What does New Mexico think will happen when defendants are released for FREE on their own recognizance? Do they really think that they will show up for court? New Jersey eliminated bail in January and the state has become a haven for criminals. The so called "evidenced based" solutions that Justice Daniels refers to and that are being used in NJ (the Arnold PSA) is identifying every defendant as low risk. Crime in New Jersey is skyrocketing. Texas has been using the evidence based solution (the Arnold tool) for a month and their Failure to appear rate is over 20%. San Francisco has been using the evidence based solution (the Arnold too) for six months and their failure to appear rate is over 30%. At what point can anyone say that these "evidenced based solutions" are successful….based on their results it appears that they are not "based on anything" real. Bail Reform is a complete sham. It is merely an attempt by public sector pretrial advocates to eliminate the private sector from the criminal justice system. It doesn’t matter if bail is a more effective way to release defendants and ensure they show up for court. It doesn’t matter if bail is a cheaper solution to release and supervise defendants. It doesn’t matter to these advocates that bail is a safer way to release and manage defendants. At what point will the public wake up and realize that dangerous criminals are being let out of jail with no supervision and no accountability. When will the public realize that the people who are supporting bail reform care more about the rights of the criminals as opposed to the rights of the crime victims. It is time to wake up.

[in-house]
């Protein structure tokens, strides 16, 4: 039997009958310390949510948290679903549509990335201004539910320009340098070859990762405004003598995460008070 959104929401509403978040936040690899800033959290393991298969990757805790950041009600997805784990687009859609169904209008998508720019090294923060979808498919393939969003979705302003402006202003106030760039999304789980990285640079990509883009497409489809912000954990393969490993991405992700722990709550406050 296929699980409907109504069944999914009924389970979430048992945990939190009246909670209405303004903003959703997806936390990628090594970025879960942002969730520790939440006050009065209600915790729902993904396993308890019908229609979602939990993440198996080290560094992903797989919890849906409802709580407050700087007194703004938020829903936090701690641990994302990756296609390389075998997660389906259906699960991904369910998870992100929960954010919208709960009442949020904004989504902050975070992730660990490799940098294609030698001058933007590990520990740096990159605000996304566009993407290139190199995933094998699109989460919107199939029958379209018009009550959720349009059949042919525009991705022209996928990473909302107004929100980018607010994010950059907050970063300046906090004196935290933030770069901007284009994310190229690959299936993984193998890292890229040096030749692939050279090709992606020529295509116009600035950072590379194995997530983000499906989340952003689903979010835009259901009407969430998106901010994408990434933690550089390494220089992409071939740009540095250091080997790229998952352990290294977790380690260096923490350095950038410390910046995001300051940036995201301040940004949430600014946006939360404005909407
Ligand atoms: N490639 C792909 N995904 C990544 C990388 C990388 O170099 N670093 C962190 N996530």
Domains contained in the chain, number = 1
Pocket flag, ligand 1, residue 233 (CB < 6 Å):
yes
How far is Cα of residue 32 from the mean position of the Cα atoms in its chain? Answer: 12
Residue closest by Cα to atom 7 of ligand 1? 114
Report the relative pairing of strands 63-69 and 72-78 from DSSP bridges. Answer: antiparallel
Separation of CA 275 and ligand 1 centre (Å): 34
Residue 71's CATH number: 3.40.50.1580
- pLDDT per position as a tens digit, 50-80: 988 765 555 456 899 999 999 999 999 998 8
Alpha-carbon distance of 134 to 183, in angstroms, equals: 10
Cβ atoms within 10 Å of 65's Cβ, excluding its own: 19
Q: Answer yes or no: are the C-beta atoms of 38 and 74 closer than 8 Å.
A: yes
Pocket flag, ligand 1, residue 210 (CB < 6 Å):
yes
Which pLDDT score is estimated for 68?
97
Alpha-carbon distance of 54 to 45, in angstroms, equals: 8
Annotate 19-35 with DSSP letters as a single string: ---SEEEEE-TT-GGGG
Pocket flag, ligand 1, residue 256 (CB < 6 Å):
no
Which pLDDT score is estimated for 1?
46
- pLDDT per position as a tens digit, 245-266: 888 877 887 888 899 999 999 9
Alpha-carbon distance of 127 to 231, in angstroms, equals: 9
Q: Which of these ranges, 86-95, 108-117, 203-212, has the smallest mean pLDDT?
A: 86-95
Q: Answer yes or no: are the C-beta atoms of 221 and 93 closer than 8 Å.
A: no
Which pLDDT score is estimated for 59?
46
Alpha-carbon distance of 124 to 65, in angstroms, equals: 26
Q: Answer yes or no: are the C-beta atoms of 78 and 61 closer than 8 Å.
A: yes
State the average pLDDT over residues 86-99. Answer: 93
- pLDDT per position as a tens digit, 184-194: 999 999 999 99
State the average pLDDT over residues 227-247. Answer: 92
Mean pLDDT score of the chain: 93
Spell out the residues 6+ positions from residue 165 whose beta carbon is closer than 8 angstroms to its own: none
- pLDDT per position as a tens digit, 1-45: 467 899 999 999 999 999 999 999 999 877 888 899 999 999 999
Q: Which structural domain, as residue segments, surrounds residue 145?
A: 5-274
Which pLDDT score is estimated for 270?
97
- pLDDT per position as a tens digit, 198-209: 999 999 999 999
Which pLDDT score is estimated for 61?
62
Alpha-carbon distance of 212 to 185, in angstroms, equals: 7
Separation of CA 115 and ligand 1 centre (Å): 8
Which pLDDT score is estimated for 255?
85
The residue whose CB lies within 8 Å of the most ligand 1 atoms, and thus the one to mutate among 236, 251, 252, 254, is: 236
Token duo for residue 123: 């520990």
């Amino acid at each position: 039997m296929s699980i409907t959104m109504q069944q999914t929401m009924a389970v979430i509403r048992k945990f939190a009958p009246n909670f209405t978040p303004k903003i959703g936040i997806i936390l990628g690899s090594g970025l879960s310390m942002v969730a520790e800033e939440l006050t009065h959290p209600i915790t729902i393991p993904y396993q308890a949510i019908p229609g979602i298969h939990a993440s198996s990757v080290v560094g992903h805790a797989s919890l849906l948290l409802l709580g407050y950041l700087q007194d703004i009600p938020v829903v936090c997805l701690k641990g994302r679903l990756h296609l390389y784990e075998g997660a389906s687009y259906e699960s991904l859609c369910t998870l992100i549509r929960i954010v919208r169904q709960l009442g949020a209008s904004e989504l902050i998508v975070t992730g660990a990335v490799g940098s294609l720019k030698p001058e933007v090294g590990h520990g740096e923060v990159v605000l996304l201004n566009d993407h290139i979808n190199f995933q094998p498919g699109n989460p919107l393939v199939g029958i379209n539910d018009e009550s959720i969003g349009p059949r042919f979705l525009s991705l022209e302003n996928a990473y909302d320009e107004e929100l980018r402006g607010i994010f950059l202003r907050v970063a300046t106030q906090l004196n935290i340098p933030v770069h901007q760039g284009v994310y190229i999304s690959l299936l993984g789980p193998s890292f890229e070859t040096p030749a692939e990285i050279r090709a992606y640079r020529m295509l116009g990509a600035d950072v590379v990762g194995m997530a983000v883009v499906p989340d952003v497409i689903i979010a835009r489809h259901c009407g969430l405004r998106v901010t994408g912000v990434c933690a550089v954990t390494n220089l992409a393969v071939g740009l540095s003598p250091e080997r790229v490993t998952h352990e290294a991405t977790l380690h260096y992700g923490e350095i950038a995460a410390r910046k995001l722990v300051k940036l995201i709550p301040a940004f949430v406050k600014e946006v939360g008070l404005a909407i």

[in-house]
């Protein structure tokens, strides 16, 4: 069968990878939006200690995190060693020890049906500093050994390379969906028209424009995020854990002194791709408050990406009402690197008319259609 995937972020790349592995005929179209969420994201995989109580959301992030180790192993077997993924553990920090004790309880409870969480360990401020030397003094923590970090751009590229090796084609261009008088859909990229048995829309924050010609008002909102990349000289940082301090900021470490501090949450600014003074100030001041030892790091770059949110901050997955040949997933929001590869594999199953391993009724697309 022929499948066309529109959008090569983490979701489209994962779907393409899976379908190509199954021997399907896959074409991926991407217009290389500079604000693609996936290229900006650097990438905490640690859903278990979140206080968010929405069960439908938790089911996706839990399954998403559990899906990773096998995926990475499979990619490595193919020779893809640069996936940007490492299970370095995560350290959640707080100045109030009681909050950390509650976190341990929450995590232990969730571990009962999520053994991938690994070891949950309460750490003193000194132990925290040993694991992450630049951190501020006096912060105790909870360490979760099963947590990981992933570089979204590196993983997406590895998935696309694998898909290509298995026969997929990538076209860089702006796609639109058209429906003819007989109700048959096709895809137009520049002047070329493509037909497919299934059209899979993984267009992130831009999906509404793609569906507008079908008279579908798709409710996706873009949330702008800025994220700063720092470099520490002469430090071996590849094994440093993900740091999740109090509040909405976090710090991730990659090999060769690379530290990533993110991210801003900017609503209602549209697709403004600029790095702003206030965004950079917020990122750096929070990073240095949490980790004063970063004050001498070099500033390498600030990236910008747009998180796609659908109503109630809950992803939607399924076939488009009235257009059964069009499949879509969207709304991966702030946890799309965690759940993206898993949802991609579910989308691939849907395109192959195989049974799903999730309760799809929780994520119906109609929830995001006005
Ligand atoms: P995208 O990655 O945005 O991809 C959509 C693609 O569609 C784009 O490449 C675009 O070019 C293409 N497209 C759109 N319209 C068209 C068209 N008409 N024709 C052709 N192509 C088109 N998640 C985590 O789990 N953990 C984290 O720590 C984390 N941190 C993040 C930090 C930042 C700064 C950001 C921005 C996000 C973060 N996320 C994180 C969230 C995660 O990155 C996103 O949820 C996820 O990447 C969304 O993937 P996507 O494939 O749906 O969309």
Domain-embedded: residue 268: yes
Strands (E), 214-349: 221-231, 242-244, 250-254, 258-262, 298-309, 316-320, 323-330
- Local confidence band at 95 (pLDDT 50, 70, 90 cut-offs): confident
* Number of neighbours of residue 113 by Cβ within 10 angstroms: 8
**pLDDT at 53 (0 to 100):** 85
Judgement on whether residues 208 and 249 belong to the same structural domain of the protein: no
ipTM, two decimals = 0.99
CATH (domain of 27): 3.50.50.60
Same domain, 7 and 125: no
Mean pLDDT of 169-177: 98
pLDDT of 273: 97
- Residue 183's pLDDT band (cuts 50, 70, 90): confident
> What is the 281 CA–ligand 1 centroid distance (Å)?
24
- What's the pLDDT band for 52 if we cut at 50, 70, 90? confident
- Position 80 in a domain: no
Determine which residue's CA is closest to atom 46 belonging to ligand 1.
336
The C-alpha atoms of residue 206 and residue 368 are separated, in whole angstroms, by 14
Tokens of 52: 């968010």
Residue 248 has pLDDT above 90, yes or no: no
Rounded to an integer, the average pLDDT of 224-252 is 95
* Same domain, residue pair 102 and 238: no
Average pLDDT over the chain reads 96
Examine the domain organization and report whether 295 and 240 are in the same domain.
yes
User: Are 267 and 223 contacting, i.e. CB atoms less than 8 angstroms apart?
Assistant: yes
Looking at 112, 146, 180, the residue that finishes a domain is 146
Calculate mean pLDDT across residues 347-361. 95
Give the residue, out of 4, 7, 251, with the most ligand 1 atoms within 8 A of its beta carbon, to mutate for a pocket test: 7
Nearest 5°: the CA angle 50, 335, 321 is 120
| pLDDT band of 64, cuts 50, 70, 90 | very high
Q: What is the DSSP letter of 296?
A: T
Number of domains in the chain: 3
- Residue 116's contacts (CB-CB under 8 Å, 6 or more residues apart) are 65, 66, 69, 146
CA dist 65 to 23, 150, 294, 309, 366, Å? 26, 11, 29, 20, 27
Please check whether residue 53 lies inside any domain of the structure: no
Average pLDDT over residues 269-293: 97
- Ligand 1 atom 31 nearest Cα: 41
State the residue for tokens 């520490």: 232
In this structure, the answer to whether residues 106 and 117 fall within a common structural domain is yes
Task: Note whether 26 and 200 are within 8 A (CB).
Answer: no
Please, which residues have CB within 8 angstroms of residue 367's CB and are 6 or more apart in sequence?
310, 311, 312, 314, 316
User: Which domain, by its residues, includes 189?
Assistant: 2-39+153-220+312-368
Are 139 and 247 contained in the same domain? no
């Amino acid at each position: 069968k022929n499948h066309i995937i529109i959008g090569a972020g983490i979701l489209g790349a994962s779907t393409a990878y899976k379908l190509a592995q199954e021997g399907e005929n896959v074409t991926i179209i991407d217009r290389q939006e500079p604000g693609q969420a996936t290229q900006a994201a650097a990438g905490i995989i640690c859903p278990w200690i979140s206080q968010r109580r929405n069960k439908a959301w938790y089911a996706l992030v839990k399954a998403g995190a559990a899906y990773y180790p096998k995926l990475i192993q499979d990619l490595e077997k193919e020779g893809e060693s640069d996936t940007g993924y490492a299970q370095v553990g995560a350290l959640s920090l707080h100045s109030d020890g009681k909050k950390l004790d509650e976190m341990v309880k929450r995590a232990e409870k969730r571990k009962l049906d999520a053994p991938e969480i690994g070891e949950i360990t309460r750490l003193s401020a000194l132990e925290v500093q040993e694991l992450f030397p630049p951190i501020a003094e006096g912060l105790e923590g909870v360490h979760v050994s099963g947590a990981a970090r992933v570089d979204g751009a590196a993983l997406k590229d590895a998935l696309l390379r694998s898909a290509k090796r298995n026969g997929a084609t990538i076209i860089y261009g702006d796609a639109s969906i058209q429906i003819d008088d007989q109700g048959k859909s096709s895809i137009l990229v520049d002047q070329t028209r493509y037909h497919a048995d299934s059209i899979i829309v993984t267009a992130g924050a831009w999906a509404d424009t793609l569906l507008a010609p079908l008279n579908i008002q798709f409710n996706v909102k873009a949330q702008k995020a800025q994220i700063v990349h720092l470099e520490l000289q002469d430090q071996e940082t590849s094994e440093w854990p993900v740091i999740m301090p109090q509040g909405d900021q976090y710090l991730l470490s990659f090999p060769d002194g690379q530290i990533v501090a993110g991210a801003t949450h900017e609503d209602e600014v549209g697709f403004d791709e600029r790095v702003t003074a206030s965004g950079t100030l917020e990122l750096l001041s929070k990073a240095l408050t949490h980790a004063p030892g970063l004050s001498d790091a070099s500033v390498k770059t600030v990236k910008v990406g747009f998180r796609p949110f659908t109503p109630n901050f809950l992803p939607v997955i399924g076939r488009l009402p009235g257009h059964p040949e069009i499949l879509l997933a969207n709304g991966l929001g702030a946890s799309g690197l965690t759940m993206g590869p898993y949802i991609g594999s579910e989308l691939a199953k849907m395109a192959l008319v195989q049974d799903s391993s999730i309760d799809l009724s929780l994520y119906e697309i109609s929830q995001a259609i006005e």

REPLY
    • Norm@Public Safety
      August 21, 2017, 6:27 pm